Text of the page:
Dynamic Load Balancing for Large Scale Particle Simulations

Beitrag bei einer Tagung
(Abstract zum Vortrag)


Details zur Publikation

Autorinnen und Autoren: Eibl S, Schornbaum F, Rüde U
Jahr der Veröffentlichung: 2018
Sprache: Englisch


Abstract

Current and future applications of rigid body dynamics involve an ever growing number of particles. Example
applications are in the pharmaceutical industries, chemical industries or additive manufacturing. Simulations of
billions of particles can only be performed by using specialized software. This software must use today’s largest
supercomputers efficiently. In these highly parallel environments special attention must be paid to the load balance
between the processes. Since the overall performance is dependent on the slowest process overloaded processes
will lead to a decrease of the performance. Typically rigid body dynamics algorithms are parallelized by partition-
ing the domain spatially into subdomains. These are subsequently assigned to processes. Each process evolves the
particles contained in its subdomain(s) in time. The domain partitioning must be chosen carefully. The workload
associated with each subdomain is related to the particles within. Deciding on the domain partitioning at the begin-
ning of a simulation and using it throughout the whole simulation works well for homogeneous setups where the
particle density does not fluctuate much. But typical rigid body dynamics simulations involve a huge number of
moving particles. This may change the workload of the subdomains constantly throughout the simulation. There-
fore a static domain partitioning that achieved a good load balance at the beginning of the simulation might not be
appropriate later on. To guarantee good performance over the whole simulation the software framework needs to
dynamically rebalance the workload. It has to update its domain partitioning and redistribute it at regular intervals.
This allows to avoid unbalanced workloads. Many popular software packages like LIGGGHTS, DEMOOP, ls1
mardyn already incorporate various load balancing strategies [1, 2, 3]. For fluid dynamics simulations good scaling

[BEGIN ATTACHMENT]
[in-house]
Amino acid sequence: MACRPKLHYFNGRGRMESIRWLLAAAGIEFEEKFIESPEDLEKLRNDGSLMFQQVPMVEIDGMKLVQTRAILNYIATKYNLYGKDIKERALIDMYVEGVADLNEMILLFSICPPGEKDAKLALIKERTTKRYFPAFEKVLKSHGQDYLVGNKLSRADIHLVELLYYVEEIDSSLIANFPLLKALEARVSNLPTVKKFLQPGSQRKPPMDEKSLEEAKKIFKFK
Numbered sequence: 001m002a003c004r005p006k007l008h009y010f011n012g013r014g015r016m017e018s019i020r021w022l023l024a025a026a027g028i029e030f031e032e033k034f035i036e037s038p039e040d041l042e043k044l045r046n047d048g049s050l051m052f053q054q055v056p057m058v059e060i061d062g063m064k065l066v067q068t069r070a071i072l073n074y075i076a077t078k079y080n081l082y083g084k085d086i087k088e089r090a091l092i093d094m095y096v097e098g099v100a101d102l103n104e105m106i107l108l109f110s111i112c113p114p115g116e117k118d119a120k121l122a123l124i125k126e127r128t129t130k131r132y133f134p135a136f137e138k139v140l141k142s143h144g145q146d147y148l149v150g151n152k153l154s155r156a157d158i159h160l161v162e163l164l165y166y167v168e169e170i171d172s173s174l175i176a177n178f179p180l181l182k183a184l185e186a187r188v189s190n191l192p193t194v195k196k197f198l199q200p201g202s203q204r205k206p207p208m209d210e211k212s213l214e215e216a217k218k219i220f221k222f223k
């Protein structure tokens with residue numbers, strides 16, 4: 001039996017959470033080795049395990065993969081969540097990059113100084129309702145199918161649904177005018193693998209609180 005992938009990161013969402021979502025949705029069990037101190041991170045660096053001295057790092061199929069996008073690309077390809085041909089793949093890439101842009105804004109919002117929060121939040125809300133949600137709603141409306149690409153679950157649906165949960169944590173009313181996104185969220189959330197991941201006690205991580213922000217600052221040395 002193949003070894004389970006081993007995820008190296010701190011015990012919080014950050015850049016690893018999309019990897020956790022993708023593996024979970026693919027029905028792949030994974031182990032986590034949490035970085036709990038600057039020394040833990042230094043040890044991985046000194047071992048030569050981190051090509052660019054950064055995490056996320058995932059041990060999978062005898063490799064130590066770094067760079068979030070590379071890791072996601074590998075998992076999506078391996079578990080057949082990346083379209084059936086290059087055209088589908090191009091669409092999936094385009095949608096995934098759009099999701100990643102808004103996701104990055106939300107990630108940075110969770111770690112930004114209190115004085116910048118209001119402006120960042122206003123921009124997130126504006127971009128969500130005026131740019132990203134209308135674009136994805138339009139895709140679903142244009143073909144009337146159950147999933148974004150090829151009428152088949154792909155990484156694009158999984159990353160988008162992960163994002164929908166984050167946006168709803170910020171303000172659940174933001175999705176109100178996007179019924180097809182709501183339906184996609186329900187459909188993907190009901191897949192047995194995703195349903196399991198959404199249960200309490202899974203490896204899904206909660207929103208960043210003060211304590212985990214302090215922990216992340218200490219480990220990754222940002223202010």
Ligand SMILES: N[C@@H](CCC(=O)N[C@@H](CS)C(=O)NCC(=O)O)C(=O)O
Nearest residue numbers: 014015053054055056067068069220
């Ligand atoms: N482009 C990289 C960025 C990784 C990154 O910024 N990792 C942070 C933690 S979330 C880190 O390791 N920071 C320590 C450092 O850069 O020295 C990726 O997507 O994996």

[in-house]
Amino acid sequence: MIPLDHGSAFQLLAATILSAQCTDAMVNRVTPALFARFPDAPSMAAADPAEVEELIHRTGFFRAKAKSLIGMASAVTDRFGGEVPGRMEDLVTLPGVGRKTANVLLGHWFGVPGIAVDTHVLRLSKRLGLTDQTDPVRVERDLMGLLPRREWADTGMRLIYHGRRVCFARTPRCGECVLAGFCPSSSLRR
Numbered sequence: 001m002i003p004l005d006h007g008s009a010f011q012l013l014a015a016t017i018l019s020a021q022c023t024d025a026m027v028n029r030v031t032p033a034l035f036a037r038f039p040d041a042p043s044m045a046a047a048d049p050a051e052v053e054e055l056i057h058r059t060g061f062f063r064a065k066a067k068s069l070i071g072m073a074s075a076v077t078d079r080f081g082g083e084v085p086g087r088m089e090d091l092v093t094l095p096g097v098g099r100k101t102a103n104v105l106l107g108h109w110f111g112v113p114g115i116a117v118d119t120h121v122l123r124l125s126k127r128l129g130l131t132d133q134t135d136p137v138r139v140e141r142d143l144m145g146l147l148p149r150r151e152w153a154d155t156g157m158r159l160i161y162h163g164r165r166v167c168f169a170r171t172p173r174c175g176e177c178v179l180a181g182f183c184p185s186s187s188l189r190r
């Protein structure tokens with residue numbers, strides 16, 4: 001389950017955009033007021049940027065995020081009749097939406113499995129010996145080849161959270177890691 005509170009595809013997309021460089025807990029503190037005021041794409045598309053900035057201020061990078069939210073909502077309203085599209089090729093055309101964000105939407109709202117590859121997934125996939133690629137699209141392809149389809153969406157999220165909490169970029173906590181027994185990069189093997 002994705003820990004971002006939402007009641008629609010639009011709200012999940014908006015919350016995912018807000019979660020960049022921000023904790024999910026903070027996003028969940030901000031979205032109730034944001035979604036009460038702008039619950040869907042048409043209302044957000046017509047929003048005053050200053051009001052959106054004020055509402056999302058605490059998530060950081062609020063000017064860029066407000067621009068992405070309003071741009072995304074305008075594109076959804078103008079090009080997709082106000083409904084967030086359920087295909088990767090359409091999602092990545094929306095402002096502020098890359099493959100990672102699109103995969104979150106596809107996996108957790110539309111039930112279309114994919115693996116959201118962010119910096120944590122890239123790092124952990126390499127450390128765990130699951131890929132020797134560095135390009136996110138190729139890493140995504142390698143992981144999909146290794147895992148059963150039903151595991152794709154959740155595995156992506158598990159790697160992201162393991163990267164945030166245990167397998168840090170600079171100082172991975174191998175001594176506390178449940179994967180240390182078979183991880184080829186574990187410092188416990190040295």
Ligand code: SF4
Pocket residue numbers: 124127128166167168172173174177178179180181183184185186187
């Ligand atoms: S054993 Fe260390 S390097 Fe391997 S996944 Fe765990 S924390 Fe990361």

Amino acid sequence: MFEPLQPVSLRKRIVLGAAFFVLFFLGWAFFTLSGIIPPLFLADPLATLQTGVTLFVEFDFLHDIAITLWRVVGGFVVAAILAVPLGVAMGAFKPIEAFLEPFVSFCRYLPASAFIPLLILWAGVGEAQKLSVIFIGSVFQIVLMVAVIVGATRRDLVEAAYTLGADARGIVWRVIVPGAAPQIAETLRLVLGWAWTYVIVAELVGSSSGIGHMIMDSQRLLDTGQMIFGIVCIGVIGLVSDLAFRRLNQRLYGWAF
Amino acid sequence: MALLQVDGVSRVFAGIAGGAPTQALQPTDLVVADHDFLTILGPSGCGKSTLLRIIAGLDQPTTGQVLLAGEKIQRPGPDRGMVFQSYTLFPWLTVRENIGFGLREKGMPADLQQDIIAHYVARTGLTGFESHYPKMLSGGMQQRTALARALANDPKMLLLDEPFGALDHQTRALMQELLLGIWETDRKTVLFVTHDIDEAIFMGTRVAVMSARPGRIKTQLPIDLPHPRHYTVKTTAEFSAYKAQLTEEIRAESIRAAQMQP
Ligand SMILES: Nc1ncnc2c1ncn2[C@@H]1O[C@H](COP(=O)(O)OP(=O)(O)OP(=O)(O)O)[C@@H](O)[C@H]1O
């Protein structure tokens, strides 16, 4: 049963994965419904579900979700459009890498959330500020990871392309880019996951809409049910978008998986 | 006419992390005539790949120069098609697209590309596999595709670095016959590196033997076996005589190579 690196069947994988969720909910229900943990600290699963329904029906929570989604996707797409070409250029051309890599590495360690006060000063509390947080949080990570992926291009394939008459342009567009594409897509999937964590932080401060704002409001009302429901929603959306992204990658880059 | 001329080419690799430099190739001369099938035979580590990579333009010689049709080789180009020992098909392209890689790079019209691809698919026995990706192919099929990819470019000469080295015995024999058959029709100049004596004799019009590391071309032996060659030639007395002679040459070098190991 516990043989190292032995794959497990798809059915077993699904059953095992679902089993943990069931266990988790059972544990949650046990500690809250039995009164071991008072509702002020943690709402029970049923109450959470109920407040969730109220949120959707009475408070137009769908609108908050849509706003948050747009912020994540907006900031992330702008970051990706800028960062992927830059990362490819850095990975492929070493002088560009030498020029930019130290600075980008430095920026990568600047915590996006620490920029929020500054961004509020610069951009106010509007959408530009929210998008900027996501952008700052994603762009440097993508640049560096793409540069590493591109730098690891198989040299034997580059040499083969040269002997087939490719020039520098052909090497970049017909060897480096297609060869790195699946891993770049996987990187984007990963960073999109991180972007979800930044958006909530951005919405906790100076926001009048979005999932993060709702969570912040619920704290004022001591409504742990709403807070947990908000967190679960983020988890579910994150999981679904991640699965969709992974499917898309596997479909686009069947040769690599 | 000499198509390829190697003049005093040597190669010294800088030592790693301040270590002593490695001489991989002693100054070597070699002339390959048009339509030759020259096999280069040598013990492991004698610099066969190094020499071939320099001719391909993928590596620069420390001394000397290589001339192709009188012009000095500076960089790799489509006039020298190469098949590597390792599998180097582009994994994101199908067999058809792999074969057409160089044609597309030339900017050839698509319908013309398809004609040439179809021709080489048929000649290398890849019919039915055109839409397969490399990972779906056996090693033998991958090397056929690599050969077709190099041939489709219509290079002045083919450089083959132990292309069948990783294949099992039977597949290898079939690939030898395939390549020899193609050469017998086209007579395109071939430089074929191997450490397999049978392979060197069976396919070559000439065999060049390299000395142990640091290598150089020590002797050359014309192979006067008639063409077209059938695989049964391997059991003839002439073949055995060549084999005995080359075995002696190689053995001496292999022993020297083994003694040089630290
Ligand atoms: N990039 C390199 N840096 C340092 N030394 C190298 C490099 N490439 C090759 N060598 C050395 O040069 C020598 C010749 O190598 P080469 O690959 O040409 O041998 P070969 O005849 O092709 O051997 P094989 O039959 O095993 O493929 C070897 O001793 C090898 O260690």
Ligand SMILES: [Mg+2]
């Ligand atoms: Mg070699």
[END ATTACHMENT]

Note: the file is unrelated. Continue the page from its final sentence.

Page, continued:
behaviour has already been reported for diffusion based load balancing algorithms [4, 5].
In this work, we study the applicability of load balancing algorithms based on space filling curves [6] and
diffusion based algorithms [7] for rigid body dynamics simulations. We investigate the scaling behaviour of these
algorithms on the state-of-the-art supercomputer Juqueen (TOP500 rank: 21) located at the Jlich Supercomputing
Centre. This supercomputer allows simulations with more than one million processes which we use to determine
the usability of these algorithms for future large scale simulations. Preliminary results for Hilbert space filling
curves presented in Fig. 1 show suboptimal scaling behaviour. The performance of the load balancing starts to
drop significantly above 8192 processes which prohibits scaling up to the full machine (1.8 million processes).
Due to inherent global gather operations needed for space filling curves performance decreases for a large number
of processes. We will also try to reproduce the results obtained for diffusive load balancing algorithms in fluid
dynamics [5] in rigid body dynamics.
References
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Computing, vol. 7, pp. 279–301, Oct. 1989.


FAU-Autorinnen und Autoren / FAU-Herausgeberinnen und Herausgeber

Eibl, Sebastian
Lehrstuhl für Informatik 10 (Systemsimulation)
Rüde, Ulrich Prof. Dr.
Lehrstuhl für Informatik 10 (Systemsimulation)
Schornbaum, Florian
Lehrstuhl für Informatik 10 (Systemsimulation)


Zitierweisen

APA:
Eibl, S., Schornbaum, F., & Rüde, U. (2018). Dynamic Load Balancing for Large Scale Particle Simulations. Paper presentation at The 5th Joint International Conference on Multibody System Dynamics, Lisboa, PT.

MLA:
Eibl, Sebastian, Florian Schornbaum, and Ulrich Rüde. "Dynamic Load Balancing for Large Scale Particle Simulations." Presented at The 5th Joint International Conference on Multibody System Dynamics, Lisboa 2018.

BibTeX: 

Zuletzt aktualisiert 2019-24-04 um 06:21